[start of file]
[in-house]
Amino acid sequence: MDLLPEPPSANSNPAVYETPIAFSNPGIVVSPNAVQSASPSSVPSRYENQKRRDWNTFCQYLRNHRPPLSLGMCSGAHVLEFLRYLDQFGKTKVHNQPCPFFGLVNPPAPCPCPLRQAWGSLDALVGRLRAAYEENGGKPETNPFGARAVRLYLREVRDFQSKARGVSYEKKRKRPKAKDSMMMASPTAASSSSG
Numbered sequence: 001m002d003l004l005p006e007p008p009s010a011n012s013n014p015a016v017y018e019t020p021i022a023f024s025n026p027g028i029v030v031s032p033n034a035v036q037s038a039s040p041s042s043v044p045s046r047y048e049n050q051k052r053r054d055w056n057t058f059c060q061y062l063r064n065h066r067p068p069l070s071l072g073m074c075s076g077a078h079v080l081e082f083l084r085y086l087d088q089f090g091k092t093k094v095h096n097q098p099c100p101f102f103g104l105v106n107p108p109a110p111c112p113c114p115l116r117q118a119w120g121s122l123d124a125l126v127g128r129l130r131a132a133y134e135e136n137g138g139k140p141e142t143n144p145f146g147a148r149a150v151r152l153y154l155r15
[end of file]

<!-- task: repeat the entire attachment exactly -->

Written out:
[in-house]
Amino acid sequence: MDLLPEPPSANSNPAVYETPIAFSNPGIVVSPNAVQSASPSSVPSRYENQKRRDWNTFCQYLRNHRPPLSLGMCSGAHVLEFLRYLDQFGKTKVHNQPCPFFGLVNPPAPCPCPLRQAWGSLDALVGRLRAAYEENGGKPETNPFGARAVRLYLREVRDFQSKARGVSYEKKRKRPKAKDSMMMASPTAASSSSG
Numbered sequence: 001m002d003l004l005p006e007p008p009s010a011n012s013n014p015a016v017y018e019t020p021i022a023f024s025n026p027g028i029v030v031s032p033n034a035v036q037s038a039s040p041s042s043v044p045s046r047y048e049n050q051k052r053r054d055w056n057t058f059c060q061y062l063r064n065h066r067p068p069l070s071l072g073m074c075s076g077a078h079v080l081e082f083l084r085y086l087d088q089f090g091k092t093k094v095h096n097q098p099c100p101f102f103g104l105v106n107p108p109a110p111c112p113c114p115l116r117q118a119w120g121s122l123d124a125l126v127g128r129l130r131a132a133y134e135e136n137g138g139k140p141e142t143n144p145f146g147a148r149a150v151r152l153y154l155r15